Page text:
11 March 2020 – The U.S. Department of State issued its annual Country Reports on Human Rights Practices – the Human Rights Reports – covering a plethora of rights set forth in the Universal Declaration of Human Rights and other international agreements, inter alia, individual, civil, political, and worker rights.
Its 44th Annual Country Reports on Human Rights Practices is said to “…provide carefully researched, factual, and objective information on actions foreign governments are taking – or not taking – to demonstrate observance of and respect for internationally recognized human rights and fundamental freedoms.”
The report is accompanied by a note on the methodology in the report preparation which is by reviewing information “…available from a wide variety of sources, including U.S. and foreign government officials; victims of alleged human rights abuses; academic and congressional studies; and reports from the press, international organizations, and nongovernmental organizations (NGOs) concerned with human rights. Particularly helpful for citation are NGOs, whether within a single country or those with an international perspective.”
Despite the assurances on the fairness and reliability of the methodology and principles in drafting the report, the Young Queer Alliance is baffled by the position of the U.S. Department of State concerning Lesbian, Gay, Bisexual and Trans (LGBT) issues in Mauritius. The Young Queer Alliance deplores that it was not contacted as an NGO working with LGBT people in Mauritius to contribute towards the report.
While questioning the sources of information for the U.S. Department of State to provide a two-paragraphs overview of the plights and human rights violations of Queer Mauritians; the YQA altogether views the snapshot of violations which includes acts of violence, discrimination and other abuses based on sexual orientation and gender identity an understatement to the real and lived situations of LGBT people in Mauritius.
Laws criminalising same-sex sexuality
The U.S. Department of State explains that the subsection concerning Acts of Violence, Discrimination, and Other Abuses Based on Sexual Orientation and Gender Identity takes into its purview the “…laws criminalising offenses related to same sex sexual activity and reports of violence or discrimination in essential goods and services against such persons, and official action to investigate and punish such acts.”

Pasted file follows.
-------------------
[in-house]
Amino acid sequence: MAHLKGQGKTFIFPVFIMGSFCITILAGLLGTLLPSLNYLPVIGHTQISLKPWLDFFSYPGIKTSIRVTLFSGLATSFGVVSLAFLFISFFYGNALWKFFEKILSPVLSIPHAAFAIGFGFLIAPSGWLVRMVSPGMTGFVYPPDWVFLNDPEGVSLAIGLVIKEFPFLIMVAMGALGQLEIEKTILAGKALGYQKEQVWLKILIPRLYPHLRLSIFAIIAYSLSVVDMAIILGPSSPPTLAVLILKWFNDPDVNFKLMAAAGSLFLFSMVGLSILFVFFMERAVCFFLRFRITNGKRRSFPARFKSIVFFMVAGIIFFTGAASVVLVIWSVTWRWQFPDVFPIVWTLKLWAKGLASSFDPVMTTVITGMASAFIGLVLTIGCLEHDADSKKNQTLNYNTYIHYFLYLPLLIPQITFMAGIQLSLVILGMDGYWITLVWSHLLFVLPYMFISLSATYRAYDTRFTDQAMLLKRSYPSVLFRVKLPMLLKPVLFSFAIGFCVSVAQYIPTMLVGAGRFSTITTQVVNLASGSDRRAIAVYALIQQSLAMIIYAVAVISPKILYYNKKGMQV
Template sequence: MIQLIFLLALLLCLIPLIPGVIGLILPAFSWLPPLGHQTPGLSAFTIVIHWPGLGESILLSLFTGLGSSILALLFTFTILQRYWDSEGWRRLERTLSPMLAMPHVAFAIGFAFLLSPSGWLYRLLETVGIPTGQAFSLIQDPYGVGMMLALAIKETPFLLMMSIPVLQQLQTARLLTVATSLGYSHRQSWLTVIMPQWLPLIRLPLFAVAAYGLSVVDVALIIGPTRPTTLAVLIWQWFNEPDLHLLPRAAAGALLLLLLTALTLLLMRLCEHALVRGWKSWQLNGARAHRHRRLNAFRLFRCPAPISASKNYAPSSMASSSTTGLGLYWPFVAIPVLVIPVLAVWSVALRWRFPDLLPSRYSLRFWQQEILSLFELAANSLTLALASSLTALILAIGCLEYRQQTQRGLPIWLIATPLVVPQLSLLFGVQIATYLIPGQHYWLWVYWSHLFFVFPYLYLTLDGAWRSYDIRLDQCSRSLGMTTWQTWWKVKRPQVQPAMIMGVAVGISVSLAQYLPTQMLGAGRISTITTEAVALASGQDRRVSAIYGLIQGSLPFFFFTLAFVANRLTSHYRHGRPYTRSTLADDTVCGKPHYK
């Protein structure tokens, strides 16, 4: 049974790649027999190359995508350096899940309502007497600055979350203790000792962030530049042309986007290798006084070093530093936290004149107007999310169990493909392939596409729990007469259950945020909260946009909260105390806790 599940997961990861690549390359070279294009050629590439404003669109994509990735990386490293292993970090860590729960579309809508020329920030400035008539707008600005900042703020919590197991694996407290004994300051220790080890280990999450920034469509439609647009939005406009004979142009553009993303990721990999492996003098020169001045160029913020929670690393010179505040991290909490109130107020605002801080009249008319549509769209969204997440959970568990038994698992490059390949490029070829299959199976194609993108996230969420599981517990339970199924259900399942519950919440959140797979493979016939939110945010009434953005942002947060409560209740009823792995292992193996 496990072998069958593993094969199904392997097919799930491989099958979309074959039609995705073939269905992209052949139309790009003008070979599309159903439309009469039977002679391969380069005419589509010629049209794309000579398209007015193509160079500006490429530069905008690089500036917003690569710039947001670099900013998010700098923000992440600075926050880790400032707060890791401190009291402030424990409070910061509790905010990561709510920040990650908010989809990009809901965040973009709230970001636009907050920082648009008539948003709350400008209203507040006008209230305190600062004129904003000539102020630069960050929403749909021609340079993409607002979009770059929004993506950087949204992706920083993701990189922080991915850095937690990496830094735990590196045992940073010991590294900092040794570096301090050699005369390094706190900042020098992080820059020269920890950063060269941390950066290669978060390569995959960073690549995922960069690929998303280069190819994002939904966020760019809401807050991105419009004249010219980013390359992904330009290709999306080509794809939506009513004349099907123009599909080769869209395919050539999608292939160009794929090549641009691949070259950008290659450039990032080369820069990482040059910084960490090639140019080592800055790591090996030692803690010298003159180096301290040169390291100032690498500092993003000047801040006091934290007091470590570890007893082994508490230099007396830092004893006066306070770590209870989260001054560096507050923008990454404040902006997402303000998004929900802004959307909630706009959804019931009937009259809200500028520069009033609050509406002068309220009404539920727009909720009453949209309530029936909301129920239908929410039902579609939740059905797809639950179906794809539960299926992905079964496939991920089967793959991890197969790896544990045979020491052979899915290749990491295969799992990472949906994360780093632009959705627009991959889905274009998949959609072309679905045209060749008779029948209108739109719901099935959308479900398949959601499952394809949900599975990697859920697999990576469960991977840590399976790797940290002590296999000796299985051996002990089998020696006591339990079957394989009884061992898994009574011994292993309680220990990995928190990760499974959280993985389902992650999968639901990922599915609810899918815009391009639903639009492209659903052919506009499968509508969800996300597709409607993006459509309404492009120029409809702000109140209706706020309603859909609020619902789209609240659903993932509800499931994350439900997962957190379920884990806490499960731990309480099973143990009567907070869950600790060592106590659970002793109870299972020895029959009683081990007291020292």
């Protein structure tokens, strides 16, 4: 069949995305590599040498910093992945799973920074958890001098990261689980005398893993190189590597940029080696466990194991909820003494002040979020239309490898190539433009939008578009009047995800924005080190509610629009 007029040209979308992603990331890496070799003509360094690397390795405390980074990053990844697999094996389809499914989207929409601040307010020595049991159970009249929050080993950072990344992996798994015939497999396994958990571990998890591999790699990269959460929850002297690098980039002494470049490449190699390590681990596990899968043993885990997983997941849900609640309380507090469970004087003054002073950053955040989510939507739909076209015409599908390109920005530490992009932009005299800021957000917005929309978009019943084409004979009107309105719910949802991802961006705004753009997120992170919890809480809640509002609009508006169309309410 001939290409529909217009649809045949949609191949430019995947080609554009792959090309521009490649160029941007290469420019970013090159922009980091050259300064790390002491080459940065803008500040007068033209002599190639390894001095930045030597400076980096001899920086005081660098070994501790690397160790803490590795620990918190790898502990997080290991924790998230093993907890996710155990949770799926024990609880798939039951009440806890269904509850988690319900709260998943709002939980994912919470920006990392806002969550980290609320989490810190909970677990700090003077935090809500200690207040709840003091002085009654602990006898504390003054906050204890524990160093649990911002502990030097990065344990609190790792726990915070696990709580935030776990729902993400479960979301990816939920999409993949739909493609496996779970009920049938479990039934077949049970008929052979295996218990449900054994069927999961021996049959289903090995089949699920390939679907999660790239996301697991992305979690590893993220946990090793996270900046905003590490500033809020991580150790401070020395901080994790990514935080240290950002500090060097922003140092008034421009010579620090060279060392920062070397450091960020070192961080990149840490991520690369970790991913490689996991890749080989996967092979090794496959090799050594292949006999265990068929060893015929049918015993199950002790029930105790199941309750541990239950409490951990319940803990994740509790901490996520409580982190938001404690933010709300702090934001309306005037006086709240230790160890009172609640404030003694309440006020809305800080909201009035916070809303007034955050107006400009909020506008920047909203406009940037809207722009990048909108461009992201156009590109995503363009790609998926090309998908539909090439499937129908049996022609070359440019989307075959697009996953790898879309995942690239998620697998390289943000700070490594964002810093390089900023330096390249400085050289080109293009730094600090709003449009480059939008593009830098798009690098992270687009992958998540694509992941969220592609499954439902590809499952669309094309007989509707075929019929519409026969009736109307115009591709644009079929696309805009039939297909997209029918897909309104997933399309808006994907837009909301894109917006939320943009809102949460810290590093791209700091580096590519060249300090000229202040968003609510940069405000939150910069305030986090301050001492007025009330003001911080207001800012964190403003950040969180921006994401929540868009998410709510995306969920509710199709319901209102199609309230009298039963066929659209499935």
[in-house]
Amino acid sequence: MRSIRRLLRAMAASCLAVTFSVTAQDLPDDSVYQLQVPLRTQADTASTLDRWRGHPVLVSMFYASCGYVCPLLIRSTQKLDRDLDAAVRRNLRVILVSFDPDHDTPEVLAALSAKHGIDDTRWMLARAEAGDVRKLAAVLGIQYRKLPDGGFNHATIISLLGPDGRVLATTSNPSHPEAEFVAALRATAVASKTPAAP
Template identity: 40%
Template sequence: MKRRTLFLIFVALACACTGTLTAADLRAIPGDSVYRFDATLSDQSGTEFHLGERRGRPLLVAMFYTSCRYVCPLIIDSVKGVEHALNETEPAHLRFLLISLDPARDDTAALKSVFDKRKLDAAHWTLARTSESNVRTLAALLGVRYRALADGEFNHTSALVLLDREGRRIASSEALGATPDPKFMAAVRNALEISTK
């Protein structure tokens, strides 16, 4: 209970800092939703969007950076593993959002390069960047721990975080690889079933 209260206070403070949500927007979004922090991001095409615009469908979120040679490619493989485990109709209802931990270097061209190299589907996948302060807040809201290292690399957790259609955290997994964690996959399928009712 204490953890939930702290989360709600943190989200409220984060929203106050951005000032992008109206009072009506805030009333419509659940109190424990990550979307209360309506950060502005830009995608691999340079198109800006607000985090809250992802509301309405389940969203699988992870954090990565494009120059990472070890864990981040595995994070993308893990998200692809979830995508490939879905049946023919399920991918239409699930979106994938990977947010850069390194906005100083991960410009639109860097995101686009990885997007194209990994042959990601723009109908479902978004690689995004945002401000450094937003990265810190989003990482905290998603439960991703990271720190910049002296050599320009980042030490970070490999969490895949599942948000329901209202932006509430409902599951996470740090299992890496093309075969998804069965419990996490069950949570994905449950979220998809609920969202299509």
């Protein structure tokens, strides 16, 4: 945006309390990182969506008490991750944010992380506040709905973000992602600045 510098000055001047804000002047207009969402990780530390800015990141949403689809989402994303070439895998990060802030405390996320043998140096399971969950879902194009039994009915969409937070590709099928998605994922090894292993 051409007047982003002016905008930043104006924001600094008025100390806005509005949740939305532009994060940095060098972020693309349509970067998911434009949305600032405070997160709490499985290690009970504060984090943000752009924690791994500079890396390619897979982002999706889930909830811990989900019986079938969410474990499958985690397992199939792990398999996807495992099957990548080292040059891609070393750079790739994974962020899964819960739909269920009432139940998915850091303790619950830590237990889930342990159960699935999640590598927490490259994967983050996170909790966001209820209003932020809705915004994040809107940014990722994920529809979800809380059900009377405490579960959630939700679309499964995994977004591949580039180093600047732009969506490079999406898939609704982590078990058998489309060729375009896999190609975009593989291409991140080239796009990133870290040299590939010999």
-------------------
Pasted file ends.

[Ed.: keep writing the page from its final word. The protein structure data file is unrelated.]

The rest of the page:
On the fundamentals, the U.S. Department of State graciously ignores the existence of Section 250 of the Mauritian Criminal Code Act of 1838 (as amended) which criminalises sodomy and violates the constitutional human rights of LGBT people. Furthermore, the U.S. Department of State ignores the fact that there are three actions at the Supreme Court of Mauritius since 2019 to challenge the constitutionality of the mentioned-section of the law which criminalises same sex sexual activity. Similar to many jurisdictions whereby the law criminalising sodomy have been repealed, be it in terms of unnatural offences, or offences against the order of nature, or other wordings, applicable to the population in general; the repeal was on the basis that the law disproportionately affects LGBT people and their human rights.
Violence and abuse
The report does factually state that people victims of verbal abuse or violence generally do not file complaints with law enforcement authorities for fear of ostracism or fear of reprisal from family members. With reference to the methodology of the report, the Young Queer Alliance regrets that the report does not highlight the fact that the actions that the Mauritian Government are taking – or not taking – to ensure accessibility to human rights for LGBT people who are victims of verbal abuse or violence.
Finally, the Young Queer Alliance deplores that the U.S. Department of State does not view the action of the Mauritian Government to redefine “spouse” as “people of the opposite sexes” as a State action to limit the enjoyment of freedom of expression, non-discrimination principles and enjoyment of community life of LGBT people.
In light of the above, the Young Queer Alliance appeals to the U.S. Department of State to review its reporting on LGBT issues in Mauritius, since it undermines the lived realities of LGBT people in Mauritius.
- 2019 Country Reports on Human Rights Practices: https://www.state.gov/reports/2019-country-reports-on-human-rights-practices/
- 2019 Country Reports on Human Rights Practices: Mauritius: https://www.state.gov/reports/2019-country-reports-on-human-rights-practices/mauritius/